Strategic Voting

January 5th, 2006 by Potato

Oh, I’m scheduled to have my cytoscope procedure < shudder > on the 23rd, which is election day, so I’m going to go to the advanced polls to cast my ballot.

Unfortunately, that means I can’t wait for the last-minute estimates to come up so I can decide which way to vote. While I don’t savor strategic voting, it is unfortunately necessary sometimes in our first-past-the-post system.

Here’s my thinking: I’m a fairly left-of-centre guy, so for me the choice is really between the NDP and the Greens. I don’t want the conservatives to get any sort of power, and I’d like the liberals to get a minority or less again. So basically, if the NDP have a decent shot at getting a seat in my riding (say 30% or more support), I’ll probably vote for them. If not, I’ll vote Green and give them the $1.75 for the next election.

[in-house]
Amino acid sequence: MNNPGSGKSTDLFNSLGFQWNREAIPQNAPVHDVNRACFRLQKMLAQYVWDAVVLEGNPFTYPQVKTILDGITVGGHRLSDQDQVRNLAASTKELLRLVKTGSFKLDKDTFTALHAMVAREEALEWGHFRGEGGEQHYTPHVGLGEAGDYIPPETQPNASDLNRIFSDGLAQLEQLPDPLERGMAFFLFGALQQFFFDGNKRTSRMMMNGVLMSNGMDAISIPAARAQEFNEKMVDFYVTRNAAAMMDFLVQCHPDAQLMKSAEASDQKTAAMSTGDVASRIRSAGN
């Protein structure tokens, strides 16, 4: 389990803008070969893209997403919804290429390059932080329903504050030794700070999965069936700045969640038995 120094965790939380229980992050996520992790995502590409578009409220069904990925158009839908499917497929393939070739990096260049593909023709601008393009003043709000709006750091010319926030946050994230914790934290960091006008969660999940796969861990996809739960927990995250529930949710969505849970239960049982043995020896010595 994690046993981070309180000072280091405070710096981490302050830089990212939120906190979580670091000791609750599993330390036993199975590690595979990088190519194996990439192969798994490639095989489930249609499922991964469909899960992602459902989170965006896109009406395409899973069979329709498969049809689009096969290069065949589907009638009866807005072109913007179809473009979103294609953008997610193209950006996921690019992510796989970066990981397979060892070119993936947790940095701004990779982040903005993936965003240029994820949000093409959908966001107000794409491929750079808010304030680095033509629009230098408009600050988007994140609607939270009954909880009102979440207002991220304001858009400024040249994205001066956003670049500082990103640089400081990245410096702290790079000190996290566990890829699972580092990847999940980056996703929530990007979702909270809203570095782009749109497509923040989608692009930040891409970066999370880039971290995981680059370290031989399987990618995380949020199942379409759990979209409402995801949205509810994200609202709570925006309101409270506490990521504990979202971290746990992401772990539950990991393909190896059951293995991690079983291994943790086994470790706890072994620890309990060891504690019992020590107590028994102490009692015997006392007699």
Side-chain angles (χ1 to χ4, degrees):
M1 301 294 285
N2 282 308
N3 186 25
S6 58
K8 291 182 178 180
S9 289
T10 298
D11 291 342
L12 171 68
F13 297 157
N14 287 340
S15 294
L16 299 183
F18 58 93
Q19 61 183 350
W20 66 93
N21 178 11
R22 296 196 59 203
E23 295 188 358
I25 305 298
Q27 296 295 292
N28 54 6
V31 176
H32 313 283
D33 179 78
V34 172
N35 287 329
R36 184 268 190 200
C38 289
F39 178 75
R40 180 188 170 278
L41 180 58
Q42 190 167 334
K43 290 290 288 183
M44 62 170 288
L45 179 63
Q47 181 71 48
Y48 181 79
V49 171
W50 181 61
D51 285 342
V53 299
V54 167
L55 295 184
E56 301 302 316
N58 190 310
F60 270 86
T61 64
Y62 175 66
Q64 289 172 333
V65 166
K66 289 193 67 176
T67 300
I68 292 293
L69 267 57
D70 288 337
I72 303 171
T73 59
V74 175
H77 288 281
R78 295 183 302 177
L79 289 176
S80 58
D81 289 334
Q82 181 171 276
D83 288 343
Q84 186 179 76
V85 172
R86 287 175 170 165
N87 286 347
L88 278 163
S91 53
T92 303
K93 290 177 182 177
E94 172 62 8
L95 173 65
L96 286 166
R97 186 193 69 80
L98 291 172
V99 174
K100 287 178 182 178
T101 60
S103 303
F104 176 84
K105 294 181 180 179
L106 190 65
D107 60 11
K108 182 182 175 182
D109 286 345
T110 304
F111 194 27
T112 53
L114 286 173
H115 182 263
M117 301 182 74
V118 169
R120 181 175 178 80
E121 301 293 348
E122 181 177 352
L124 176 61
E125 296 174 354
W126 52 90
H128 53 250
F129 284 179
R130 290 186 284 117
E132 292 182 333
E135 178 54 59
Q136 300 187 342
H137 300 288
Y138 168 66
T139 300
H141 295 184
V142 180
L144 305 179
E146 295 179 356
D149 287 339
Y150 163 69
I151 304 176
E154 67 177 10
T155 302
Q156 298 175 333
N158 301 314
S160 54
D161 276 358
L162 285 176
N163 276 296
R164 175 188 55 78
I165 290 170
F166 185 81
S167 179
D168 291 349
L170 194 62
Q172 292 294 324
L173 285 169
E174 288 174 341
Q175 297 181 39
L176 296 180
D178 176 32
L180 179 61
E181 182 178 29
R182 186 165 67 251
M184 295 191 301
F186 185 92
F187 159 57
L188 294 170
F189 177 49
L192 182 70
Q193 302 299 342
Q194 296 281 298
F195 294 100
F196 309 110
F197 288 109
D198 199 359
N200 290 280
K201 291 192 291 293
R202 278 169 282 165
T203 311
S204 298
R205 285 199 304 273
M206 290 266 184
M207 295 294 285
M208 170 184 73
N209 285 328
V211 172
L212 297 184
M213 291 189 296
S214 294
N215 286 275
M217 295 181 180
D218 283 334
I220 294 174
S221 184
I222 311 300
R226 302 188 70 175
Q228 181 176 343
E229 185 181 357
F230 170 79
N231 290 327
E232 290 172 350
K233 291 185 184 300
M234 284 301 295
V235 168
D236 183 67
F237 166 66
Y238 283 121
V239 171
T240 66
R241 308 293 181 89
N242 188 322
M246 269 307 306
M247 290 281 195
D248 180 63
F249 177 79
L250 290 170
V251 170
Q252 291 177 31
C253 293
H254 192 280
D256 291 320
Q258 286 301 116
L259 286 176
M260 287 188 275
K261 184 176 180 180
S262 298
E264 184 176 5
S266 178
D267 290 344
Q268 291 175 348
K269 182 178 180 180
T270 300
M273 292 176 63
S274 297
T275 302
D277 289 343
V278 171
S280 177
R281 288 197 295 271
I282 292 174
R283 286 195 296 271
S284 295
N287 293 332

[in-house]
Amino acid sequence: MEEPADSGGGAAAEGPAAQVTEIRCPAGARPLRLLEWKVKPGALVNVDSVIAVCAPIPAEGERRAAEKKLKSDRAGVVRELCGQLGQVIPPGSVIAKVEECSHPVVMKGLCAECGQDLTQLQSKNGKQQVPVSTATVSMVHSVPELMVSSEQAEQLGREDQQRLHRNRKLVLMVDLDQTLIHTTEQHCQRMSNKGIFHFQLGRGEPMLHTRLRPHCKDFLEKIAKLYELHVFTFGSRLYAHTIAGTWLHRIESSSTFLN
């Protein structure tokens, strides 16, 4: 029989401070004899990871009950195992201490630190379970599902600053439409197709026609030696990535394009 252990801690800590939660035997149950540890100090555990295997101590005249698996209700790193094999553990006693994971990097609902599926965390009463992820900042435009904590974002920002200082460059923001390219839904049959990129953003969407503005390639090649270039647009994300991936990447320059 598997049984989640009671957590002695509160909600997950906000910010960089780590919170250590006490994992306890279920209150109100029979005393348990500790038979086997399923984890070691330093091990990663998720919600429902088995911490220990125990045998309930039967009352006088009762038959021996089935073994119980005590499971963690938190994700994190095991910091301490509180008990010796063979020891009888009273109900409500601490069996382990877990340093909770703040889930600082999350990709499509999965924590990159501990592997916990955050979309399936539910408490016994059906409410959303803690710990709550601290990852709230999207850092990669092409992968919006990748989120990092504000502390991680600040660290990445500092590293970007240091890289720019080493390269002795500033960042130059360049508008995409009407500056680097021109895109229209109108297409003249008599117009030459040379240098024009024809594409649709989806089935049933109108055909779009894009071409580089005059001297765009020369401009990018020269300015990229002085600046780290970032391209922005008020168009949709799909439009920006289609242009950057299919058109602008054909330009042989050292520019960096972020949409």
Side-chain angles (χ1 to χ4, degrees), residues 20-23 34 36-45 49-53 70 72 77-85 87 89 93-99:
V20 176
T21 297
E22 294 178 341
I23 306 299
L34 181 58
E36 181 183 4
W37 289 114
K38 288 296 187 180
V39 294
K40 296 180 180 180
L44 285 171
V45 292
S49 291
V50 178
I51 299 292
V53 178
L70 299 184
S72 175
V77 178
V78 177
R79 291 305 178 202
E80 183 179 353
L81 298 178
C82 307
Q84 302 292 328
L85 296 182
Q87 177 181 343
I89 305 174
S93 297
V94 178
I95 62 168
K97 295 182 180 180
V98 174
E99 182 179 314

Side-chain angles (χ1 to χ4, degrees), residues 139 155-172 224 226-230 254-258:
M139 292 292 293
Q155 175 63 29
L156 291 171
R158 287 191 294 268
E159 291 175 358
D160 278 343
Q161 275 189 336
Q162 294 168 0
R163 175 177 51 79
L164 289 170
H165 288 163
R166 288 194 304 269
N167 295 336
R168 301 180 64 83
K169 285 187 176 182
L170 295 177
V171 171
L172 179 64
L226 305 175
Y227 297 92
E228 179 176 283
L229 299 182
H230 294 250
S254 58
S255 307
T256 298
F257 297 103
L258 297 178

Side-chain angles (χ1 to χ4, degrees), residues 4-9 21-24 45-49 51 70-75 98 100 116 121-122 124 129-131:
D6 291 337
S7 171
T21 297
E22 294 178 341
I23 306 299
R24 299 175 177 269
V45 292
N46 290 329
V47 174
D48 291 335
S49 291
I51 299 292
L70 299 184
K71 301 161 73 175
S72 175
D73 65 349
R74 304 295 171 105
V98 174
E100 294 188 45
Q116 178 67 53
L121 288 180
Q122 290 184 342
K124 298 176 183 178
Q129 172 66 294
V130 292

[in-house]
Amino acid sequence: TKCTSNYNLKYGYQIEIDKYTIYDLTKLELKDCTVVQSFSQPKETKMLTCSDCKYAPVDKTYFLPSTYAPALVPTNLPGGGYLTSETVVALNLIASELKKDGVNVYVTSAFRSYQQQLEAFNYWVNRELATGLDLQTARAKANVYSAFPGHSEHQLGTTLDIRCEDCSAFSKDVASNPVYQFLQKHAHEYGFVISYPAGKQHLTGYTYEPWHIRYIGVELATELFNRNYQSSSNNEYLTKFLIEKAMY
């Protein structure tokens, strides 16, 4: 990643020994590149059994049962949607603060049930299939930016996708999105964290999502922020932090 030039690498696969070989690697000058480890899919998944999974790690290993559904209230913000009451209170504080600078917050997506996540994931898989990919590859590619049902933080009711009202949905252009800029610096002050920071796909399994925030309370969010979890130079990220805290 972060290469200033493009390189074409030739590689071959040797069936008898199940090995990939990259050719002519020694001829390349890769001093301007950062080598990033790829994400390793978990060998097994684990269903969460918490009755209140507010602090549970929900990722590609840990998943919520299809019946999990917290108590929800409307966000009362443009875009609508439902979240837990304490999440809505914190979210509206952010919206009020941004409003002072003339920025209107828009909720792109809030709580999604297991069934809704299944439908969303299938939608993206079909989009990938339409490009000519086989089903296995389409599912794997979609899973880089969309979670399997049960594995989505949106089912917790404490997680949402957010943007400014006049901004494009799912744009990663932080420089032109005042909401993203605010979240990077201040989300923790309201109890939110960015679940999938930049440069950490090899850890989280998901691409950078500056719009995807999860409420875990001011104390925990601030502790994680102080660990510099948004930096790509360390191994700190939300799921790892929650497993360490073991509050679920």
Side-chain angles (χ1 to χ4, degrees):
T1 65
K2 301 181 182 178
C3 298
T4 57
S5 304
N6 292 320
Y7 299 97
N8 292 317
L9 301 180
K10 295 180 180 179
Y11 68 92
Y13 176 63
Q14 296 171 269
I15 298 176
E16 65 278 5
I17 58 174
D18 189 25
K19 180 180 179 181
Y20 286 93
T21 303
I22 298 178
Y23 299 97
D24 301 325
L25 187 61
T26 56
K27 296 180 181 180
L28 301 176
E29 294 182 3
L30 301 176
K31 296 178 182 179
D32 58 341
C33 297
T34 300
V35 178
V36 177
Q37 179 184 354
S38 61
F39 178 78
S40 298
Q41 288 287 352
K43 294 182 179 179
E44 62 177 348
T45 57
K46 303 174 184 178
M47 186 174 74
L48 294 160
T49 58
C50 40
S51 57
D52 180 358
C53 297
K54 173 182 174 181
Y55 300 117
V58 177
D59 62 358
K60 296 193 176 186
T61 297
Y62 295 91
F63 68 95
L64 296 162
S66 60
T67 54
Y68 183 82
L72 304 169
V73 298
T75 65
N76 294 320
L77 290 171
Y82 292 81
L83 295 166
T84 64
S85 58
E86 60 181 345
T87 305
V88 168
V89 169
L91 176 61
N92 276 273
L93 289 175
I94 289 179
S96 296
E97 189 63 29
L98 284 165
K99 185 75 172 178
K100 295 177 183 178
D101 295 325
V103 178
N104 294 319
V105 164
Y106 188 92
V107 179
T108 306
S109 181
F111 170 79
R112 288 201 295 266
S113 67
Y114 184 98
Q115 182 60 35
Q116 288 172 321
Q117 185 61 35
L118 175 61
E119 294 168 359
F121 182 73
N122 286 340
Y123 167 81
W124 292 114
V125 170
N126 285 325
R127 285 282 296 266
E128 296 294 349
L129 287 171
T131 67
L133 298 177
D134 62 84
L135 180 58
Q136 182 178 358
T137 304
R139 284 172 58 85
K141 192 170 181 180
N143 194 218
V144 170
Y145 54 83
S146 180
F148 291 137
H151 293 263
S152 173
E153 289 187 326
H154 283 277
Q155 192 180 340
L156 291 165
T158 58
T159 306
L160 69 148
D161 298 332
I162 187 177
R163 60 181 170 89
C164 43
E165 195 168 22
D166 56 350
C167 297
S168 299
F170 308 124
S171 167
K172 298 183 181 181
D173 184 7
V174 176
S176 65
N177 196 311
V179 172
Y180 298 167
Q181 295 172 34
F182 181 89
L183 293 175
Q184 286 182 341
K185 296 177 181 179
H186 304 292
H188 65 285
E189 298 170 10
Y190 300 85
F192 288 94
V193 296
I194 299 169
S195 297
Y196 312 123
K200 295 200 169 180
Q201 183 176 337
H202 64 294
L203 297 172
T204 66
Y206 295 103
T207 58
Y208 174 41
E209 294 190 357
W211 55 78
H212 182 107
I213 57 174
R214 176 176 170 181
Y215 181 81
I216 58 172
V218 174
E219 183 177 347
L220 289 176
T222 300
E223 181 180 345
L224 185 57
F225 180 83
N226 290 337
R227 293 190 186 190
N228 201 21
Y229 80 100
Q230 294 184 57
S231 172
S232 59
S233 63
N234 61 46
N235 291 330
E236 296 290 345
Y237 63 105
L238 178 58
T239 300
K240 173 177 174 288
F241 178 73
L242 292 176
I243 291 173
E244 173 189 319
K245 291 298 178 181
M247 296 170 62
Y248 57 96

The only concern for myself really is getting reasonably accurate polling numbers to determine that over a week before the election.

For others, I’m worried that fears over conservative insanity will lead to another liberal dynasty (Wayfare, for example, is considering voting for them just because she thinks they’re the only party that has a chance against the conservatives, despite thinking that they’re rotten to the core and just need to go). It’s unforunately a fallacy of perception: if many people believe they’re the only ones with a shot, then they’re the only ones who’ll get enough votes. Any party can keep the nutjo–conservatives out of power, as long as enough people believe they can and actually vote for them.

Sadly, I can’t reach quite enough people through my webpage to really get that message out, but I encourage you all to vote your conscience (even if it is for the liberals or conservatives). At the very least, the wide vote-split might encourge the parties to actually go through with some form of election reform so that we’re not faced with this again next year.

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